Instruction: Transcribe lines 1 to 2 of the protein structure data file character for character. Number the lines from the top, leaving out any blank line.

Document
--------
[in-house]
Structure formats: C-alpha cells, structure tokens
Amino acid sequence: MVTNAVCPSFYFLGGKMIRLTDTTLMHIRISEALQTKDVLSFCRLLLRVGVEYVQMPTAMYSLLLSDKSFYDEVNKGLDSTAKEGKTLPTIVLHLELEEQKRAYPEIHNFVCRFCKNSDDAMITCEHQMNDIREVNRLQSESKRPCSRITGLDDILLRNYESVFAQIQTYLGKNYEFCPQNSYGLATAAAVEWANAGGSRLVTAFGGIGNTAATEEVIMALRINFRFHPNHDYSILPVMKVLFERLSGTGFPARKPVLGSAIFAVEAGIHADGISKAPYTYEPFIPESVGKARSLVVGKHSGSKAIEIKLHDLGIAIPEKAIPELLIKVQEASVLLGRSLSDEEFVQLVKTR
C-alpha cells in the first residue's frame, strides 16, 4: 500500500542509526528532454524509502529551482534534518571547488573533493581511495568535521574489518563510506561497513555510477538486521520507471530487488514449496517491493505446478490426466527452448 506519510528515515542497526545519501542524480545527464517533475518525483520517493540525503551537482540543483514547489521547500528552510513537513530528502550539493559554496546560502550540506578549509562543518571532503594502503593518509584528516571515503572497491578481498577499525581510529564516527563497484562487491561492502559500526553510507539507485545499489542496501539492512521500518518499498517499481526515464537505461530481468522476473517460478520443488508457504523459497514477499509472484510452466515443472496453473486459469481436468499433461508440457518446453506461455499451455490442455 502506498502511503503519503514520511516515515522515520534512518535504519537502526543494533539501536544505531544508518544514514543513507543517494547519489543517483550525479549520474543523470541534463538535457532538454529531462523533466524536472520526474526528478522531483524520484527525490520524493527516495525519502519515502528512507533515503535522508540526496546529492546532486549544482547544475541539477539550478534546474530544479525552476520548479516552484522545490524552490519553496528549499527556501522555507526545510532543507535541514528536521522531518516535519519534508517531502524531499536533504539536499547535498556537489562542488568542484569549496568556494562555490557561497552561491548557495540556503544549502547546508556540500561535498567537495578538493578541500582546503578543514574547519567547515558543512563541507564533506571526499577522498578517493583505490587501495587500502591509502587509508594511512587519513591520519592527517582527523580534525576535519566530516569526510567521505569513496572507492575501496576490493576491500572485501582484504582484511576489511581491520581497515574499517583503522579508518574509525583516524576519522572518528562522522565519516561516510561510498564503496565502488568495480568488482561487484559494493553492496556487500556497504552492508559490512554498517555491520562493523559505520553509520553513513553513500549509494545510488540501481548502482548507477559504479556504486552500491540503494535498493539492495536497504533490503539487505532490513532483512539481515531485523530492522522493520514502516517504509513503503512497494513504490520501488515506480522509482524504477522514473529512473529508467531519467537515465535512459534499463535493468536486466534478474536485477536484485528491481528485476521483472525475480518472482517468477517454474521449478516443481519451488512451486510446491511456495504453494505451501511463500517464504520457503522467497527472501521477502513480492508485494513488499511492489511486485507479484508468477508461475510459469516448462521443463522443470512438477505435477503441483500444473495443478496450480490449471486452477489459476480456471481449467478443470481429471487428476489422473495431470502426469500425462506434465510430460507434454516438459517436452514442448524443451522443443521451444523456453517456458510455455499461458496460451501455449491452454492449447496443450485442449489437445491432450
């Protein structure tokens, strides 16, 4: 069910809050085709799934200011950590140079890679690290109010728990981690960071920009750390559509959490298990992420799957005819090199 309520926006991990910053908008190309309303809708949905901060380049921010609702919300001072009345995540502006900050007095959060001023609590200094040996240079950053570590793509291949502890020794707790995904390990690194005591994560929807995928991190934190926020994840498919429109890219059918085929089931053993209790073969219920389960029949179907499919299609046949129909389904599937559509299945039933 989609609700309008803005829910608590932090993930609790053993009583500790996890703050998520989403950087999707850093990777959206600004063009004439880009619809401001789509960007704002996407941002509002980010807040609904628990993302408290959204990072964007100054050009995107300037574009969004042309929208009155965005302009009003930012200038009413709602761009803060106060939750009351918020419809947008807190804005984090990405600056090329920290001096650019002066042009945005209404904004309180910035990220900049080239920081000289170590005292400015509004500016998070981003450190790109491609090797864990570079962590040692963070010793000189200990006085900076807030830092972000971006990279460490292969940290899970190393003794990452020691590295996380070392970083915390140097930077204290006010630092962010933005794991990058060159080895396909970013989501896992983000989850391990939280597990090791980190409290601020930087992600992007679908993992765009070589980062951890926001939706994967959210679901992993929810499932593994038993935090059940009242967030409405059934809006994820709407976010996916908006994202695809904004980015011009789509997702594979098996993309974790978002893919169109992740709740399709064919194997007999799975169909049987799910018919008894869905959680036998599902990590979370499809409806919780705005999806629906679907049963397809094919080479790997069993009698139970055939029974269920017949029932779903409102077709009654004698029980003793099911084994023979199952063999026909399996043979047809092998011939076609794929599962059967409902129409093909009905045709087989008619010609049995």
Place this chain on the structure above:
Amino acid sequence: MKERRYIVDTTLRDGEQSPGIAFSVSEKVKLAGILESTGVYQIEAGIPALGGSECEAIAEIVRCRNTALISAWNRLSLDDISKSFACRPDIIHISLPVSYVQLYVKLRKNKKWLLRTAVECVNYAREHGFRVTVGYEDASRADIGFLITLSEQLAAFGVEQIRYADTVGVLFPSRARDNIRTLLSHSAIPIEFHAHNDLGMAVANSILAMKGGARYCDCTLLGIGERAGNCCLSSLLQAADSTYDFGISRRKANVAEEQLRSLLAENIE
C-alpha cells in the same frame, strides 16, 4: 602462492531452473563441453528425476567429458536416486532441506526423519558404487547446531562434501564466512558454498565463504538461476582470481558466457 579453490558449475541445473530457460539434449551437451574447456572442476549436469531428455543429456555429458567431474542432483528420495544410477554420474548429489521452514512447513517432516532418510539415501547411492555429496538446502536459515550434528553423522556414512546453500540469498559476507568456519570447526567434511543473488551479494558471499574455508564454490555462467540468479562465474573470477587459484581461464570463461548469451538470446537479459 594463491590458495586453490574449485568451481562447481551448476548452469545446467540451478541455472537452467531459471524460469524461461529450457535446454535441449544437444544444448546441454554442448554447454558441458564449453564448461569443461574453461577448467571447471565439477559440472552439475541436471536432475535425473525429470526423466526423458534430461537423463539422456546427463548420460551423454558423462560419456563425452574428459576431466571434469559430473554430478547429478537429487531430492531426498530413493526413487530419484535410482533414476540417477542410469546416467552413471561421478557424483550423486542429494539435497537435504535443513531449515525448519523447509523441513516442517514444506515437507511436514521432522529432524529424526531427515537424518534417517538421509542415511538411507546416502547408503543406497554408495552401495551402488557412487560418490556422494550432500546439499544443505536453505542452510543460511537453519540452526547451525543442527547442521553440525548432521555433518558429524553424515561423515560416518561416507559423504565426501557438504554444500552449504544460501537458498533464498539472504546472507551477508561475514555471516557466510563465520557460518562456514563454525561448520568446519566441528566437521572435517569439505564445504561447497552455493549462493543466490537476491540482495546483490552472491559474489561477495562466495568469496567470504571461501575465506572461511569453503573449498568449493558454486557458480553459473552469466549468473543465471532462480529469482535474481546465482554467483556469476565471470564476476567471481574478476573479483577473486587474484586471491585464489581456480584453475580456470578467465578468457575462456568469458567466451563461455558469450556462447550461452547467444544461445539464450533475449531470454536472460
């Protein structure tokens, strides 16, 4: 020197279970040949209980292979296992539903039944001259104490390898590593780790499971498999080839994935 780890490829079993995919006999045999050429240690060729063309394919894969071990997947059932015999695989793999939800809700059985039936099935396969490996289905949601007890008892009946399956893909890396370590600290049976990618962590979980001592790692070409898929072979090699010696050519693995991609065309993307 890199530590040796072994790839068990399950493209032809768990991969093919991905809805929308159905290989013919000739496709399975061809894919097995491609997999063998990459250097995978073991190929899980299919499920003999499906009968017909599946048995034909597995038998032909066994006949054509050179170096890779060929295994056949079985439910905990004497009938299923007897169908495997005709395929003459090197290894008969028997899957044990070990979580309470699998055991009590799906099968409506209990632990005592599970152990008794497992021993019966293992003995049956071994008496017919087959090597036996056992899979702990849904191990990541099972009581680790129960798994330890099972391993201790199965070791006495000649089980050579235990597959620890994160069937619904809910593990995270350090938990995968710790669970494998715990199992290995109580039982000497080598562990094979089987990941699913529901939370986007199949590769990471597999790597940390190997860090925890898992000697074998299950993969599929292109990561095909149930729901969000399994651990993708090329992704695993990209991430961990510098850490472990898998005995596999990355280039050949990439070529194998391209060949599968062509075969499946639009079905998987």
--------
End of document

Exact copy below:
[in-house]
Structure formats: C-alpha cells, structure tokens